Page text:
+ is influenced by hip-hop inspired duo Nizlopi and recording artist Damien Rice.[3] Sheeran performs throughout the record with a small acoustic guitar, with "no band" and "no beats". The Daily Telegraph found that the lyricism is based around subjects he cares about in his own life, performing with a "soft toned, flexible voice" with a hip-hop theme.[1] The record features "chipper" beats with staccato guitar riffs throughout. It differs between genres, with tracks such as "Grade 8" showing R&B influences, garnering comparisons to Bruno Mars, while the album also features folk-hop inspired tracks such as "Drunk", a "self-pitying, doomed attempt to resurrect a lost relationship".[4] Lyricism also derives from Sheeran's own "self-doubt" heard in tracks such as "Wake Me Up" and "Kiss Me", which has been compared to musician Van Morrison.[4] The record also visits a "darker side" on tracks such as "The City", which depicts homeless street-life and features Sheeran beat-boxing. The album concludes with the track "Give Me Love" and the Scottish folk song "The Parting Glass" as a bonus track.[4]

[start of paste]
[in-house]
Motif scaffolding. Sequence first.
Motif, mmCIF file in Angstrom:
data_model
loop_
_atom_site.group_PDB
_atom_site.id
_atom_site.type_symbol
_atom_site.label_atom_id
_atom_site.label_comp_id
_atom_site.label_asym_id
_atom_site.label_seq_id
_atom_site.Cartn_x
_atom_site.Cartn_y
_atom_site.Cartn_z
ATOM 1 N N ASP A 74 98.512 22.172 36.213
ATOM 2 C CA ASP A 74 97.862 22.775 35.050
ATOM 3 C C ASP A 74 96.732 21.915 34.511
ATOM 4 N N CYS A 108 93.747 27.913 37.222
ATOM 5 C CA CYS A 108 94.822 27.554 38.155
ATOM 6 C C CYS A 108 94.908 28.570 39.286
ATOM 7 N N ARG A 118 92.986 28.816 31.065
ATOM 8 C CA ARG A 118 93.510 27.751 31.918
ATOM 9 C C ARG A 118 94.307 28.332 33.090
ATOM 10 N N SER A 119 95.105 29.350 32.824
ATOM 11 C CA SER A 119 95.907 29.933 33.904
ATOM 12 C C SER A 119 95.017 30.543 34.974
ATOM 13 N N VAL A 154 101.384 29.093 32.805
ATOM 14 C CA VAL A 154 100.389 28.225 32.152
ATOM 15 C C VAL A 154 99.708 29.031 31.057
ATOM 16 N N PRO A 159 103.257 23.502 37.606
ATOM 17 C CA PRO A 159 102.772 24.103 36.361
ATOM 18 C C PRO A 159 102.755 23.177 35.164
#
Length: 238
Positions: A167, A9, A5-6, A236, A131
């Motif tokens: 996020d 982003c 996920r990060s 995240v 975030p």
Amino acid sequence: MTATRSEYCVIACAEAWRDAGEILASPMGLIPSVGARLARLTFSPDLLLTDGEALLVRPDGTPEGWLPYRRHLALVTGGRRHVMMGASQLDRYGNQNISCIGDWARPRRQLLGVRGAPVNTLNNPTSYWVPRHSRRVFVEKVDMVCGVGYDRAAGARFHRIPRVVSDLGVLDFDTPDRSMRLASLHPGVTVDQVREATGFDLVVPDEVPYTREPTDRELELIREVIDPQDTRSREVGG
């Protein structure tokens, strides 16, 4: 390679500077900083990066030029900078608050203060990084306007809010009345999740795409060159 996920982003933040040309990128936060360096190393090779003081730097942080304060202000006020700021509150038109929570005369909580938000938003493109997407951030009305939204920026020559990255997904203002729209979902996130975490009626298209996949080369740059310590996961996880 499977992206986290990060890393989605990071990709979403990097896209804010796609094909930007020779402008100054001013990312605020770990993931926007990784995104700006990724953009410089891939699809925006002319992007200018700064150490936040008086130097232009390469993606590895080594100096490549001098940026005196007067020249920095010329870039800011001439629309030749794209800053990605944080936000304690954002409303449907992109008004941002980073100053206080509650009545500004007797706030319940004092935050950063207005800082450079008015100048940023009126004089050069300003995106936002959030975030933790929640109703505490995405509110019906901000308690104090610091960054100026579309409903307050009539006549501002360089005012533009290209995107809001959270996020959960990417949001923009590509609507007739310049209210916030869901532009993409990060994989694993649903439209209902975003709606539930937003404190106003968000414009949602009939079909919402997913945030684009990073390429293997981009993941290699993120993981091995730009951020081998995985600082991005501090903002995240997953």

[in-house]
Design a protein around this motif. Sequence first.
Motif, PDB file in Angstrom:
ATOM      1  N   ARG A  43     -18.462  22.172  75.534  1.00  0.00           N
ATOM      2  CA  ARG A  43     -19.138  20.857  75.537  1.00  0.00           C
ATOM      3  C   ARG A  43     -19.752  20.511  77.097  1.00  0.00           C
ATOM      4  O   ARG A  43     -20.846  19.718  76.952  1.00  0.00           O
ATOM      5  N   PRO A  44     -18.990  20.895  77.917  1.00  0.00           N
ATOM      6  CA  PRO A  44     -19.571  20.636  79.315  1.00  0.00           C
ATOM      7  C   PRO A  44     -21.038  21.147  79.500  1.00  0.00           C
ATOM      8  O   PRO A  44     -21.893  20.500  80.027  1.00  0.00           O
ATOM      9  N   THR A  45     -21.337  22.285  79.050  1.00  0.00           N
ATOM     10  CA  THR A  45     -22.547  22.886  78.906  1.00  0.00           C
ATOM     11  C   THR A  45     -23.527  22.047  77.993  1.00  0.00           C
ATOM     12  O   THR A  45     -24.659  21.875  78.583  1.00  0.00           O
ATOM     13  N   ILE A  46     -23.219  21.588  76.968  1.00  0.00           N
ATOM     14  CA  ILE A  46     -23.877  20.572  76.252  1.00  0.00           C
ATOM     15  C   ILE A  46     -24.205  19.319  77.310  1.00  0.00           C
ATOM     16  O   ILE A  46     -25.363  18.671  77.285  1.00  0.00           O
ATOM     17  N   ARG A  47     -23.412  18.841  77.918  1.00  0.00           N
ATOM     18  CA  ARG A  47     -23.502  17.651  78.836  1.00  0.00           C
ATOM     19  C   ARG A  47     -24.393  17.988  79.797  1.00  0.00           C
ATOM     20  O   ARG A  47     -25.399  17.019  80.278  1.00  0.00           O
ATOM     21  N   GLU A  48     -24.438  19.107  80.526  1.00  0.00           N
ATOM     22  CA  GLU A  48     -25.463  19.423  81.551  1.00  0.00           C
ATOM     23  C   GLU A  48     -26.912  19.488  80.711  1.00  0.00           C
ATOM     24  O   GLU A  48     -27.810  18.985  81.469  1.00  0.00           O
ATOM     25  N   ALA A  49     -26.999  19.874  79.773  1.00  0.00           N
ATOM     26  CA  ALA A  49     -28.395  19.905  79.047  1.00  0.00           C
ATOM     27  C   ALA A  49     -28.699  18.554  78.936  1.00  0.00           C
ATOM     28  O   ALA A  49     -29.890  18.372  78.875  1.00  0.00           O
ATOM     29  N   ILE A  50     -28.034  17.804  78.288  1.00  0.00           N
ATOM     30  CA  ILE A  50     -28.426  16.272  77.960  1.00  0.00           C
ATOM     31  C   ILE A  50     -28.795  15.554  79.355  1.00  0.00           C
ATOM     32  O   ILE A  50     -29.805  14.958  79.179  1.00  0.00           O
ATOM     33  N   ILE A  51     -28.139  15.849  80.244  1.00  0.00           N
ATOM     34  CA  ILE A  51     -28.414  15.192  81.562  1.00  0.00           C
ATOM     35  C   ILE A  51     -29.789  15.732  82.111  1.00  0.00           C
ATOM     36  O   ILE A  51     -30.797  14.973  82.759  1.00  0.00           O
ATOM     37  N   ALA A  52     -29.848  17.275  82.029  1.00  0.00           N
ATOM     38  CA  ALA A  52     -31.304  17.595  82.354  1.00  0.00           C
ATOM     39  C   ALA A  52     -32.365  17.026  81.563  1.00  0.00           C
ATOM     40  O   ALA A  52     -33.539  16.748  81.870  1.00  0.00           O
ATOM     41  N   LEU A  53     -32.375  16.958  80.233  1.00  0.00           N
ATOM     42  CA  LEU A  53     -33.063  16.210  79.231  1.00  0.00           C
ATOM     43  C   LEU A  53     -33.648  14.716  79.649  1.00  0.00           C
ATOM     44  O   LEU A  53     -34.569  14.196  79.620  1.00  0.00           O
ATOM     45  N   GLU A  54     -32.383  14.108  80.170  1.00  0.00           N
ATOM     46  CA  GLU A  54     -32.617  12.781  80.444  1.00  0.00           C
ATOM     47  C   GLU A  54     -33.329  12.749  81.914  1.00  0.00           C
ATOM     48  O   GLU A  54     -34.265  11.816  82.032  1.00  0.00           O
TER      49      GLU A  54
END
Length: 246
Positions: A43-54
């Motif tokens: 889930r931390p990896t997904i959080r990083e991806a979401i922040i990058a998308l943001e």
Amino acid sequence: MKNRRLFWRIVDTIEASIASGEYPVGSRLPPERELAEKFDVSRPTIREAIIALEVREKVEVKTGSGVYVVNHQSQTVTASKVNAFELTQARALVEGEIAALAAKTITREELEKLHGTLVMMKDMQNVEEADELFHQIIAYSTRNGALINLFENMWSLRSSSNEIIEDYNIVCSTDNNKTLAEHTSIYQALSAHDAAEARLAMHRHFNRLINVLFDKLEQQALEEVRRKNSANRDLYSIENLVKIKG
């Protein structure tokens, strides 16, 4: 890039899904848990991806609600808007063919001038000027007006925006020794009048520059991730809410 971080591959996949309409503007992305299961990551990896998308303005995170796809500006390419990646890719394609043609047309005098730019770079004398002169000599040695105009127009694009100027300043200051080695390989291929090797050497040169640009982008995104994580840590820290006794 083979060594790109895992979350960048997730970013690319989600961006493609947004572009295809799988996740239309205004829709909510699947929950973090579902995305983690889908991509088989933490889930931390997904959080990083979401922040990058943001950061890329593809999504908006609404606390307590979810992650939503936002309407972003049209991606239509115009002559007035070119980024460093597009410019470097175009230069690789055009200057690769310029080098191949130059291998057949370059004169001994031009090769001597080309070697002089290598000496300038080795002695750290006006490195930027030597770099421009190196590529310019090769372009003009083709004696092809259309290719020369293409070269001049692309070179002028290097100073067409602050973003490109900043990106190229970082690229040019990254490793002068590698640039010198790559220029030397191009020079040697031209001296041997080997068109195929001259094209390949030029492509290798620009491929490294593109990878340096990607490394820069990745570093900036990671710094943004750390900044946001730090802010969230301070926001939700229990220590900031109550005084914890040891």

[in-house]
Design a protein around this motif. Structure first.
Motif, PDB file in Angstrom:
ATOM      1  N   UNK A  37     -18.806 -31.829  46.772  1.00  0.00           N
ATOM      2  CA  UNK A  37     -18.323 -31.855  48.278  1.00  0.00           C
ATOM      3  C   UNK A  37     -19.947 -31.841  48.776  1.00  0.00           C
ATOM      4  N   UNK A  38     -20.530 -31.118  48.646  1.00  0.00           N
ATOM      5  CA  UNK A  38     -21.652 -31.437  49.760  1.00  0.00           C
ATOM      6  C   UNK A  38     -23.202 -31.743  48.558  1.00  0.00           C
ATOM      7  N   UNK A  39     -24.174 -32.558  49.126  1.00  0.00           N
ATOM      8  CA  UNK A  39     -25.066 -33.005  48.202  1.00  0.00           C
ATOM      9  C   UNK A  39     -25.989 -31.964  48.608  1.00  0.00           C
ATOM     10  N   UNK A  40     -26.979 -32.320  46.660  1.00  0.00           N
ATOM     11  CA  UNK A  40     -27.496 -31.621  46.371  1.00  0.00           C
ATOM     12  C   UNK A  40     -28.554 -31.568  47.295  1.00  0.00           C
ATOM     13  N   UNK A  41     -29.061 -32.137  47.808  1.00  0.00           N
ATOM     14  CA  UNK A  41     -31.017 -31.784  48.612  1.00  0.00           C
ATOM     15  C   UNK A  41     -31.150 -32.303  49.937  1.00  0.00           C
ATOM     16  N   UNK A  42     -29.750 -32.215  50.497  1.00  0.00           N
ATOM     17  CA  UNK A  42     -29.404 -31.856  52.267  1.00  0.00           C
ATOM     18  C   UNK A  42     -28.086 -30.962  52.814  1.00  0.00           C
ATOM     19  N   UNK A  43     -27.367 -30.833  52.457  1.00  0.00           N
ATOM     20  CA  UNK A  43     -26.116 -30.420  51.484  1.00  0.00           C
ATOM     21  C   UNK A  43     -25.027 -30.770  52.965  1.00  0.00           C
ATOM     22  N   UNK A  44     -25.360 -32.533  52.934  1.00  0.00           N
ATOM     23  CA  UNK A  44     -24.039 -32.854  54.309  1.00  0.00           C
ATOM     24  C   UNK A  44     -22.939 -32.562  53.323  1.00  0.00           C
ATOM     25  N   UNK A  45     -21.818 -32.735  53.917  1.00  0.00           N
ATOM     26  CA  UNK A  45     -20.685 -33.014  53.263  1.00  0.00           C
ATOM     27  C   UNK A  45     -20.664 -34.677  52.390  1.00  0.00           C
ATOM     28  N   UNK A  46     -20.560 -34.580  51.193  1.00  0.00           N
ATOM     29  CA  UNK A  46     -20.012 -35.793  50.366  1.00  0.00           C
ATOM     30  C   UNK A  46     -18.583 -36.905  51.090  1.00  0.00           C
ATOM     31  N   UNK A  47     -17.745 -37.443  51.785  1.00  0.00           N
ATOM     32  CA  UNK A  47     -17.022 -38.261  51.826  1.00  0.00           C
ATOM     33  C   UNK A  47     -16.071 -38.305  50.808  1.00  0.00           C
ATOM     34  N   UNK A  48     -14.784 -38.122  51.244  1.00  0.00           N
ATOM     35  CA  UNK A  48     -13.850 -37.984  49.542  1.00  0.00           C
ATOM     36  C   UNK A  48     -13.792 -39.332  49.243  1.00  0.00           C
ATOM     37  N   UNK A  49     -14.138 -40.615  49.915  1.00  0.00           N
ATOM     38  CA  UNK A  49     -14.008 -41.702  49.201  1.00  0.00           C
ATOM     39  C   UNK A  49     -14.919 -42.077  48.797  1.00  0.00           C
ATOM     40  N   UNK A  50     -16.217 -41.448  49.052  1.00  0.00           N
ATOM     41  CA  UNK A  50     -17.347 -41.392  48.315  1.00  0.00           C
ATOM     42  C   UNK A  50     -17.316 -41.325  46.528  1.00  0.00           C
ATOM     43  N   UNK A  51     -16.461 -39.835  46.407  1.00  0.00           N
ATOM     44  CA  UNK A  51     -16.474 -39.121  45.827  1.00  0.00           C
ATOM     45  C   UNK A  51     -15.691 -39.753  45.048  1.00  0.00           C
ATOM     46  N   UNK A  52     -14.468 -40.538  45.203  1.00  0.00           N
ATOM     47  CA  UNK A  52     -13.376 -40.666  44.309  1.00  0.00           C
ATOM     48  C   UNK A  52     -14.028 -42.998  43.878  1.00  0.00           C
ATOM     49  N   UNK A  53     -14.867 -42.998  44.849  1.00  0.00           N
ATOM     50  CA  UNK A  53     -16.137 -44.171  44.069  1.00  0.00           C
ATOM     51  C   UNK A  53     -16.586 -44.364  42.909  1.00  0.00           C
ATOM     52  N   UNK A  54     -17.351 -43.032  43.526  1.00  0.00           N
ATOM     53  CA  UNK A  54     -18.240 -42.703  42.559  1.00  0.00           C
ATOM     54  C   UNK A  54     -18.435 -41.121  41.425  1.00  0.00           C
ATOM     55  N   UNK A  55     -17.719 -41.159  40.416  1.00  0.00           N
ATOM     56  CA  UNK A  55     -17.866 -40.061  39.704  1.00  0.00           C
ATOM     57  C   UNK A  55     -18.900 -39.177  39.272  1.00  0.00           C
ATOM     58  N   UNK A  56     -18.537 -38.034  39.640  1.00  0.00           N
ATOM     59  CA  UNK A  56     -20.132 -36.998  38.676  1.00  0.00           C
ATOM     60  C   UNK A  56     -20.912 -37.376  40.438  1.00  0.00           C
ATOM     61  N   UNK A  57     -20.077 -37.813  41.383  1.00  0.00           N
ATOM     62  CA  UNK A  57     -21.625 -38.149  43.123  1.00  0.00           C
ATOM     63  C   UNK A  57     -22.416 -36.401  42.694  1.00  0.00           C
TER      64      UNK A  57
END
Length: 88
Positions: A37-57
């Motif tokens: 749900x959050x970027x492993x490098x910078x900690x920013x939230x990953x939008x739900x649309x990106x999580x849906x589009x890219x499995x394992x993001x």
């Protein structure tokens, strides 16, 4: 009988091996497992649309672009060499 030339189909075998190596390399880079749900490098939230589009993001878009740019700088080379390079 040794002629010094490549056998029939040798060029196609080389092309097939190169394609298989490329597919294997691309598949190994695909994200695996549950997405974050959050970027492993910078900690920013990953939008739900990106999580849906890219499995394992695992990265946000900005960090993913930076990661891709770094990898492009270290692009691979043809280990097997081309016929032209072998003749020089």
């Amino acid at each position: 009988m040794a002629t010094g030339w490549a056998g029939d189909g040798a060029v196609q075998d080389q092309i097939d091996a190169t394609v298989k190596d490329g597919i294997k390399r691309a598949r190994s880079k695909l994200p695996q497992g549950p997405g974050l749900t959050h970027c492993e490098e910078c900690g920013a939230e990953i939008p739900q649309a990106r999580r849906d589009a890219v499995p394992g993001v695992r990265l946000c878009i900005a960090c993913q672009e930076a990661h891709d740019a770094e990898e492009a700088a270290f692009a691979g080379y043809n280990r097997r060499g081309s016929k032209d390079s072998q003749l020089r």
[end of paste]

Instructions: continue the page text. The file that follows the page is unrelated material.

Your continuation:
It is Ed Sheeran's only album to contain profanity, heard in the song "You Need Me, I Don't Need You". His next two subsequent albums ordinarily would contain profanity but they are censored on the album due to a deal he made with his taxi driver because his younger daughter is a fan.[5]

Critical reception[edit]

Professional ratings
Aggregate scores
SourceRating
Metacritic67/100[6]
Review scores
SourceRating
AllMusic3/5 stars[7]
The Daily Telegraph3/5 stars[8]
Entertainment WeeklyB-[9]
The Guardian3/5 stars[10]
The Independent4/5 stars[4]
London Evening Standard4/5 stars[11]
NME4/10[12]
The Observer2/5 stars[13]
The Scotsman2/5 stars
State3/5 stars[14]
"Experimentation with styles and the melding of musical approaches is to be commended, obviously; but to relate authenticity with consistent, similar output is something very wrong indeed, as not everybody singing the same song is coming from the same place. These charting mutations and variations have as much to do with our culture of instant gratification as they do with music growing out-of-date more quickly – and what better person to stand tall at the lectern than 20-year-old Ed Sheeran, whose unlikely combination of acoustic folk and grime has seen him become one of 2011's biggest domestic successes."

—Natalie Shaw of BBC Music.[15]